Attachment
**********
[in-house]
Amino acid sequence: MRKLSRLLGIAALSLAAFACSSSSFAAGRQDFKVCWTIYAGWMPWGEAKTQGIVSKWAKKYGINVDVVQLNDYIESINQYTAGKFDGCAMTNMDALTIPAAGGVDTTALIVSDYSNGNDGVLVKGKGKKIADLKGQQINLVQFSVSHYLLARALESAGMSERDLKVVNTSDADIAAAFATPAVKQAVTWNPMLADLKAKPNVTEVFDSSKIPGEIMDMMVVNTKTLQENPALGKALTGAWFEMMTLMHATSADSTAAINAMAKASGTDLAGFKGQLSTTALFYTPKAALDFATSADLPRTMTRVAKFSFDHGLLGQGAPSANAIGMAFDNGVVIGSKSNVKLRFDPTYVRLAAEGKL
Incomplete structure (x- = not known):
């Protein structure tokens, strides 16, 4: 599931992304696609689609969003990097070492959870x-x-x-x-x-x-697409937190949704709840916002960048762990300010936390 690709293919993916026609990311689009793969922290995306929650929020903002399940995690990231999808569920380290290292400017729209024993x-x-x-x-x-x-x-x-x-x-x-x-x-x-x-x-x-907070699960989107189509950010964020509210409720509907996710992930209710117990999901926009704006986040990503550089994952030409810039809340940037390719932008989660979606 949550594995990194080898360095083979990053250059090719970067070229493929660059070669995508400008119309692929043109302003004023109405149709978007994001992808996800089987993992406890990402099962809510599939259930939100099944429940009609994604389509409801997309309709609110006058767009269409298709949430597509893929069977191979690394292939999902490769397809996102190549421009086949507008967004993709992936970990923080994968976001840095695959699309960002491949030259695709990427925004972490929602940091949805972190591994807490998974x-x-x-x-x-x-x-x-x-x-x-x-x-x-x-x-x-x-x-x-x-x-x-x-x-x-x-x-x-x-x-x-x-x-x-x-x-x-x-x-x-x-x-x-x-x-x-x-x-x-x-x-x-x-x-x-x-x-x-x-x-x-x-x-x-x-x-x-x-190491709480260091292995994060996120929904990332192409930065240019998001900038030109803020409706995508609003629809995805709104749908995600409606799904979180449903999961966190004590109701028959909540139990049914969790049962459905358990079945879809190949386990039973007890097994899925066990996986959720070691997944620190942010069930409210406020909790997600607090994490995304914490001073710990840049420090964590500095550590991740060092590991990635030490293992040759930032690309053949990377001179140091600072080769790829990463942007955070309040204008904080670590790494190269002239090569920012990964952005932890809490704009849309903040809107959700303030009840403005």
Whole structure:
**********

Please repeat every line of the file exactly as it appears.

[in-house]
Amino acid sequence: MRKLSRLLGIAALSLAAFACSSSSFAAGRQDFKVCWTIYAGWMPWGEAKTQGIVSKWAKKYGINVDVVQLNDYIESINQYTAGKFDGCAMTNMDALTIPAAGGVDTTALIVSDYSNGNDGVLVKGKGKKIADLKGQQINLVQFSVSHYLLARALESAGMSERDLKVVNTSDADIAAAFATPAVKQAVTWNPMLADLKAKPNVTEVFDSSKIPGEIMDMMVVNTKTLQENPALGKALTGAWFEMMTLMHATSADSTAAINAMAKASGTDLAGFKGQLSTTALFYTPKAALDFATSADLPRTMTRVAKFSFDHGLLGQGAPSANAIGMAFDNGVVIGSKSNVKLRFDPTYVRLAAEGKL
Incomplete structure (x- = not known):
């Protein structure tokens, strides 16, 4: 599931992304696609689609969003990097070492959870x-x-x-x-x-x-697409937190949704709840916002960048762990300010936390 690709293919993916026609990311689009793969922290995306929650929020903002399940995690990231999808569920380290290292400017729209024993x-x-x-x-x-x-x-x-x-x-x-x-x-x-x-x-x-907070699960989107189509950010964020509210409720509907996710992930209710117990999901926009704006986040990503550089994952030409810039809340940037390719932008989660979606 949550594995990194080898360095083979990053250059090719970067070229493929660059070669995508400008119309692929043109302003004023109405149709978007994001992808996800089987993992406890990402099962809510599939259930939100099944429940009609994604389509409801997309309709609110006058767009269409298709949430597509893929069977191979690394292939999902490769397809996102190549421009086949507008967004993709992936970990923080994968976001840095695959699309960002491949030259695709990427925004972490929602940091949805972190591994807490998974x-x-x-x-x-x-x-x-x-x-x-x-x-x-x-x-x-x-x-x-x-x-x-x-x-x-x-x-x-x-x-x-x-x-x-x-x-x-x-x-x-x-x-x-x-x-x-x-x-x-x-x-x-x-x-x-x-x-x-x-x-x-x-x-x-x-x-x-x-190491709480260091292995994060996120929904990332192409930065240019998001900038030109803020409706995508609003629809995805709104749908995600409606799904979180449903999961966190004590109701028959909540139990049914969790049962459905358990079945879809190949386990039973007890097994899925066990996986959720070691997944620190942010069930409210406020909790997600607090994490995304914490001073710990840049420090964590500095550590991740060092590991990635030490293992040759930032690309053949990377001179140091600072080769790829990463942007955070309040204008904080670590790494190269002239090569920012990964952005932890809490704009849309903040809107959700303030009840403005």
Whole structure: